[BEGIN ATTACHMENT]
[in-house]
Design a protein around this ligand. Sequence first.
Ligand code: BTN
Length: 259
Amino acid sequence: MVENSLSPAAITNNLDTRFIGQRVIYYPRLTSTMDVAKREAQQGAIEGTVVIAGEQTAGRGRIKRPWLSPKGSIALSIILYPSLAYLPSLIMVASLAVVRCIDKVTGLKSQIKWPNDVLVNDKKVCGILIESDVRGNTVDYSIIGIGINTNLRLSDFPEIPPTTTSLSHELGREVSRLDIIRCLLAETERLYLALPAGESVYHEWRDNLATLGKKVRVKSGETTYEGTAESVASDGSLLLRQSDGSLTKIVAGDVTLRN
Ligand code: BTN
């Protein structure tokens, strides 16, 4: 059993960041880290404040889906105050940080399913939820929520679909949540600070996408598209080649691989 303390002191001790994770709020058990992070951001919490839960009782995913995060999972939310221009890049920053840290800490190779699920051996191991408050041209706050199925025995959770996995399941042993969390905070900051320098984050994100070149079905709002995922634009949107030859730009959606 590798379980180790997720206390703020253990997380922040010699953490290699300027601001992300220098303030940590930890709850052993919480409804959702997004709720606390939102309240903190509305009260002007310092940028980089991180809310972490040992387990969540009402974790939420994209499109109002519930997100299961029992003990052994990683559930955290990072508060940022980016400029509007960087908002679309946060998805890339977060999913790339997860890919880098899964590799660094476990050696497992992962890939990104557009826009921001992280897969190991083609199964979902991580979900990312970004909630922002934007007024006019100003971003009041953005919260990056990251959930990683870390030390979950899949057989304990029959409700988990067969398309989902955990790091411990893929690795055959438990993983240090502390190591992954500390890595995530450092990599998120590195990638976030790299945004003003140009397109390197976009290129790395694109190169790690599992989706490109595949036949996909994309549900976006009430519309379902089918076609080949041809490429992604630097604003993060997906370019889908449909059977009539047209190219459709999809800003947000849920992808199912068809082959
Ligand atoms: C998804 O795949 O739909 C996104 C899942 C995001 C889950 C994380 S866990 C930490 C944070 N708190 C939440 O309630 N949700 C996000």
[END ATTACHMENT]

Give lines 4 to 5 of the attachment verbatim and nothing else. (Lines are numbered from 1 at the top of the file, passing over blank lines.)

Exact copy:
Length: 259
Amino acid sequence: MVENSLSPAAITNNLDTRFIGQRVIYYPRLTSTMDVAKREAQQGAIEGTVVIAGEQTAGRGRIKRPWLSPKGSIALSIILYPSLAYLPSLIMVASLAVVRCIDKVTGLKSQIKWPNDVLVNDKKVCGILIESDVRGNTVDYSIIGIGINTNLRLSDFPEIPPTTTSLSHELGREVSRLDIIRCLLAETERLYLALPAGESVYHEWRDNLATLGKKVRVKSGETTYEGTAESVASDGSLLLRQSDGSLTKIVAGDVTLRN